Around a dozen former healthcare professionals now sitting as MPs participated in the Marris Bill debate, with a number of speeches based on professional experience proving key
One of the most significant speeches made in the Marris Bill Second Reading debate was that of the Member for Bath, Ben Howlett, who was first elected to the House just four months earlier:
I must admit, Madam Deputy Speaker, that this will be a test of my oratory skills, as I have changed my speech three or four times based on some of the speeches that have been made and it is now unrecognisable. I admit that I came into the House thinking that I would support the Bill, but listening to the speeches made by other Members, particularly the hon. Member for Central Ayrshire (Dr Whitford) and my hon. Friend the Member for Totnes (Dr Wollaston), has completely changed my mind. I must say to those constituents who have got in touch with me on this issue over the past few weeks that listening to the arguments in this place has lain heavily on my shoulders.
My brother is a palliative care registrar. He wrote to me recently from New Zealand, saying that every time he is asked whether there is a way of speeding up the dying process the question normally comes from patients who have never seen a palliative care specialist. He normally says that he will help to improve the symptoms and the question of assisted suicide ends up dissipating.
After listening to the arguments made today by many people who are much more experienced in this field than I am, I have to say that I will oppose the Bill.
We reproduce below in full the speeches, cited by Mr Howlett, of GP Dr Sarah Wollaston and breast cancer surgeon Dr Phillippa Whitford (pictured above). Following these are extracts from nurse Nadine Dorries, GP Dr Liam Fox and nurse Maria Caulfield.
So many of us bring deeply personal perspectives to this debate. We also bring the voices of our constituents, and I thank everyone who has written in telling of their experiences both for and against.
I would like to add a clinical perspective. There are two conflicting principles here. There is the fundamental principle that doctors should do no harm—and this House must think very carefully before we remove that cornerstone of ethical medical practice—but that comes up against another very important principle: the principle of self-determination about which so many Members have spoken very powerfully. If we are to apply that principle, however, I ask where it will take us. If we are to argue that Diane Pretty, for example, had the right at a time of her choosing to end her life because of intolerable suffering—a quick death, without pain, at home, surrounded by her family—why should we deny that to somebody with mental capacity with locked-in syndrome such as Tony Nicklinson, or indeed a young man who has a high spinal injury?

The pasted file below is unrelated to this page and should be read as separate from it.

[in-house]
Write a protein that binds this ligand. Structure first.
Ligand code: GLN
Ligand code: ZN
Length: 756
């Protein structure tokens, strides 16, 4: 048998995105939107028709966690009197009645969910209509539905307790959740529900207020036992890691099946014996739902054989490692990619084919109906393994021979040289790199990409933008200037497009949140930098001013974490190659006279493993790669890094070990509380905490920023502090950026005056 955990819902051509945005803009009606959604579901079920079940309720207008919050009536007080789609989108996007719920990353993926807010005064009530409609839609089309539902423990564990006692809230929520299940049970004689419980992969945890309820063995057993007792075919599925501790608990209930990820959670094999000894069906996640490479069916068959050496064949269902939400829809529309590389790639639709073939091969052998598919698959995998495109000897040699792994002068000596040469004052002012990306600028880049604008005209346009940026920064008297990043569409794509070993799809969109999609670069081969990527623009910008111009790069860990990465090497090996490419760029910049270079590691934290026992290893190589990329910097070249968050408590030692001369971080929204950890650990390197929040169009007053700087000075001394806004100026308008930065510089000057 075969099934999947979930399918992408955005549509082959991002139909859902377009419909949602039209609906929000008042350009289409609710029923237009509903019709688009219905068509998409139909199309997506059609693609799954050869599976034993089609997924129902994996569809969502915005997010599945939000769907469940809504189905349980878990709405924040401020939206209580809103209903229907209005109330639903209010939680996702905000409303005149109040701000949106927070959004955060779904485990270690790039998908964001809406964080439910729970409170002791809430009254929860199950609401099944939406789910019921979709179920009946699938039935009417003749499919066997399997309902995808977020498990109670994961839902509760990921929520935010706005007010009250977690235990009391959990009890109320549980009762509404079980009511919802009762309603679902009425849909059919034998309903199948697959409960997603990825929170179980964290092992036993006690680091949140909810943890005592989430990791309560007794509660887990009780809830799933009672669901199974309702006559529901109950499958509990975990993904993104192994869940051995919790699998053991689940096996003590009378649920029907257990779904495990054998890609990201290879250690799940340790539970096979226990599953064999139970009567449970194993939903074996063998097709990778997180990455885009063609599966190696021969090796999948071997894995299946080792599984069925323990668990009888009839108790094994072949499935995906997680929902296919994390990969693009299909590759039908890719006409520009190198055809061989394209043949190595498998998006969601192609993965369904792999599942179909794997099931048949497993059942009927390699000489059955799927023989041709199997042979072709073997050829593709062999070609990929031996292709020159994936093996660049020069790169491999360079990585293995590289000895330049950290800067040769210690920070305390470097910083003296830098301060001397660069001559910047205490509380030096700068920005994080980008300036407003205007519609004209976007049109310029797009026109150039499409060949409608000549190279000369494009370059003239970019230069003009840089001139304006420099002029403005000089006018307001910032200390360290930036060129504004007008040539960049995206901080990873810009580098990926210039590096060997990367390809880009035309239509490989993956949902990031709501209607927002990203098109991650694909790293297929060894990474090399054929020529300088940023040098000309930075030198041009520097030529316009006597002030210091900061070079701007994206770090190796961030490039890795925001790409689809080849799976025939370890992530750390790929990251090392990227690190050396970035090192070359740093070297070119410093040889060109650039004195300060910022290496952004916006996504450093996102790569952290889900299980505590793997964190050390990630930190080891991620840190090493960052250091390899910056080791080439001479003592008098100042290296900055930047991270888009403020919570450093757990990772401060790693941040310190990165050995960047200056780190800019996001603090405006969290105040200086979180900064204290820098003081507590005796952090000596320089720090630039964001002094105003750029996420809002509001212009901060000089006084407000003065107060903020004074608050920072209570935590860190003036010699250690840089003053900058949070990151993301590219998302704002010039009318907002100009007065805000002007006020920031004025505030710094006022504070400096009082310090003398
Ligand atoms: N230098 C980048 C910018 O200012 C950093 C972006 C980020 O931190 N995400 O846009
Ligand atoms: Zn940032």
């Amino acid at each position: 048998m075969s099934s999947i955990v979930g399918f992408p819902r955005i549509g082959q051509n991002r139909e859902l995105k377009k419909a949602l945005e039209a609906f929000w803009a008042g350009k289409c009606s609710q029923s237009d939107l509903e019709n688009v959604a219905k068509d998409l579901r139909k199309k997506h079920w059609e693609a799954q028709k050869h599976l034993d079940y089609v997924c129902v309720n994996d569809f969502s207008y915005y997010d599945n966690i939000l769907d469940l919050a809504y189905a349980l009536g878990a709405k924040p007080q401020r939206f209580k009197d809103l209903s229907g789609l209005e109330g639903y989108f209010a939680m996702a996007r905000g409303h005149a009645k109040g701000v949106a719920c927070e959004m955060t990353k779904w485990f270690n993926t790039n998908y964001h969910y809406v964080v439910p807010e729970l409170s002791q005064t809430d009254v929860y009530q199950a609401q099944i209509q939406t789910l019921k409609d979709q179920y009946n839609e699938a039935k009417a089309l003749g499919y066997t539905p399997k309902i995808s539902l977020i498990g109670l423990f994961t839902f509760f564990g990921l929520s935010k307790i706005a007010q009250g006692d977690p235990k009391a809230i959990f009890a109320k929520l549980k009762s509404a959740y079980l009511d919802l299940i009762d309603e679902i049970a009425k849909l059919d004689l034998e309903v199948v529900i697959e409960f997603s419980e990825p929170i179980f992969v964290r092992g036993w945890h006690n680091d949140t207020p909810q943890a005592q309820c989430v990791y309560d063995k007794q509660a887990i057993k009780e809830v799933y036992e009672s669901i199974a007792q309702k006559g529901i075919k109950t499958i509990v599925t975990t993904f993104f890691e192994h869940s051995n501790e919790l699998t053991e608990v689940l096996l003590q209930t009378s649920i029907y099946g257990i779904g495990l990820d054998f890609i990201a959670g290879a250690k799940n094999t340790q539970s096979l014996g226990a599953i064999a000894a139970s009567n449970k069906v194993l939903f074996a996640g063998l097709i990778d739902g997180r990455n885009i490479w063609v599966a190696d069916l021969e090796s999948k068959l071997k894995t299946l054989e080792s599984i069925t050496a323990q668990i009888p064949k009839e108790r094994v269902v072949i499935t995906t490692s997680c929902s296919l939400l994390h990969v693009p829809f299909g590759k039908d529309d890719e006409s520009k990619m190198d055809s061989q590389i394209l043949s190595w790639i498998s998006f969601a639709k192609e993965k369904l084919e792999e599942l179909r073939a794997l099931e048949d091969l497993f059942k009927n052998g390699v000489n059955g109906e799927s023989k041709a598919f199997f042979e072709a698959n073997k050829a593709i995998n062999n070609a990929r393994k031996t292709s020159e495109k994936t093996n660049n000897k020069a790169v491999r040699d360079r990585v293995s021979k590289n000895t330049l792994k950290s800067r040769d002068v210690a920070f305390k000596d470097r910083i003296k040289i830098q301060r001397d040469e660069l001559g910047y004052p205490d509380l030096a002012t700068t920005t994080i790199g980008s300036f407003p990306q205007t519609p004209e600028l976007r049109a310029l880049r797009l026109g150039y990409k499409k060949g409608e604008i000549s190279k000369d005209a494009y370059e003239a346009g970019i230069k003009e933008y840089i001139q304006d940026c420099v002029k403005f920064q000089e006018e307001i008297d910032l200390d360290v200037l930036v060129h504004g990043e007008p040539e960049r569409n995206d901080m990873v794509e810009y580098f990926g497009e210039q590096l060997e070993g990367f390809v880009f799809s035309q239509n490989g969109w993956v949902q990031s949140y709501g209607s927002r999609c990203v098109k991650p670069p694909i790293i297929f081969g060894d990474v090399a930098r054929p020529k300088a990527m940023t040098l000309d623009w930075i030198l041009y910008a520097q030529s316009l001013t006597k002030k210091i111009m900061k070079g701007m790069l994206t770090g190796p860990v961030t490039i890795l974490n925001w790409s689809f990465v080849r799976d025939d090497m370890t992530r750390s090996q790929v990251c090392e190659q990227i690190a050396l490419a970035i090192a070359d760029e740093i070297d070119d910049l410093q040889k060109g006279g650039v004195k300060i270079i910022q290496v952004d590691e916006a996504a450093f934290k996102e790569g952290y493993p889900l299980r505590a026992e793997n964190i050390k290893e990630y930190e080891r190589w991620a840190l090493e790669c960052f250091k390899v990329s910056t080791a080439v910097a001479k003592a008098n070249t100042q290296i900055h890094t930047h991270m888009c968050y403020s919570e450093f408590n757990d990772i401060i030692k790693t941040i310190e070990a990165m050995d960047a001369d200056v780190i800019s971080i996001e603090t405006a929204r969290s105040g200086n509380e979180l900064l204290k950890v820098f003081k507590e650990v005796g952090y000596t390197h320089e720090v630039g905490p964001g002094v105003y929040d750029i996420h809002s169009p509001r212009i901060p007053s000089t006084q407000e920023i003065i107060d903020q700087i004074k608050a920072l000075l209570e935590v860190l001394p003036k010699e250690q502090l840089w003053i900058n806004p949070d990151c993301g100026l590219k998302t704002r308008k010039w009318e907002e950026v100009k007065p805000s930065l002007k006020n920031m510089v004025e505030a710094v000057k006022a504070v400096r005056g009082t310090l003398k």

Also, if we are to apply that principle further, what is intolerable suffering? Intolerable suffering is what is intolerable to us. We have seen that definition extend in Switzerland. Indeed, a British citizen—a retired nurse— took her life in Switzerland last year because she was afraid of getting old. We have seen the definition applied to people with depression, and in other countries to children. That starts to bleed into questions about capacity.
As a clinician, I have had the privilege to sit with many people at the end of their lives, and often people contemplate taking their life. People have asked me to help them do so. They do that because of fear or a deep depression, or sometimes a profound sense that they are a burden on their families. With time, I have seen many people come through that to find real meaning in their lives. We need to think very carefully before we take that away. Of course people say to me, "Who are you to say whether or not they should take that journey?"—or even whether they would come through that period, because some of course do not—but I say to the House that we have to consider the harms as well as the benefits.
We have to consider the impact on wider society, too. I believe it is inevitable that we would slide towards the Swiss position, and we must consider what message it would send to people if we say that it is all right in society to end one's life from fear of growing old. In Switzerland there is a high preponderance of people who live alone, who have been divorced, and who are women, and we have to think about why they have come to that position. What does it say if we have an attitudinal shift in our society, as I believe is inevitable, which changes the way we feel about the value of life? We have to consider not just the rights of the individual to self-determination, but the inevitable wider effects on society, and the pressure people will inevitably feel at the end of their life.
I hope that Members will look at the report on end-of-life care by the Health Committee, which I was privileged to Chair, and think again about how we can refocus on what the duties of a doctor should be. A doctor's duties should be to improve the quality at the end of life, not shorten it.
Let us look at how the House can work together to improve access to high-quality specialist palliative care, and how we can address variations in that access, and put the funding of our hospices on a long-term sustainable footing. I would like us to provide free social care at the end of life, so that more people can be at home surrounded by their loved ones in a place of their choosing if that is what they want.